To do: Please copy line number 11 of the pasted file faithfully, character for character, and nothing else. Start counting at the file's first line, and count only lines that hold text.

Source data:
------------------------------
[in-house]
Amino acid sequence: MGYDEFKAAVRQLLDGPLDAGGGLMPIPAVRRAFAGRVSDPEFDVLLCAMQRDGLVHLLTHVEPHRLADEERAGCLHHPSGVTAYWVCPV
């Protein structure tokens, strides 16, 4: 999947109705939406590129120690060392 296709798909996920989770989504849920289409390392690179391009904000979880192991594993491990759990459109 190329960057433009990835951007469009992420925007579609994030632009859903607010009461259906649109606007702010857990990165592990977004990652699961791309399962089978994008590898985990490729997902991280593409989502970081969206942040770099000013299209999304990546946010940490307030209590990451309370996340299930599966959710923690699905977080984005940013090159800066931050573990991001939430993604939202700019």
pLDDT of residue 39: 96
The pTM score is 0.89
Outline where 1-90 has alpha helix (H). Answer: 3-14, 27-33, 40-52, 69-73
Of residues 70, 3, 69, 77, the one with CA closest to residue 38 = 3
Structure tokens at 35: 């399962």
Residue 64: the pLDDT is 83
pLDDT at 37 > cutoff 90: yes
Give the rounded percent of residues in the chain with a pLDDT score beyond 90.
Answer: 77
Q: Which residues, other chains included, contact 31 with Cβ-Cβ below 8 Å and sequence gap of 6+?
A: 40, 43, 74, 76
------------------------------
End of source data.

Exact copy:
Give the rounded percent of residues in the chain with a pLDDT score beyond 90.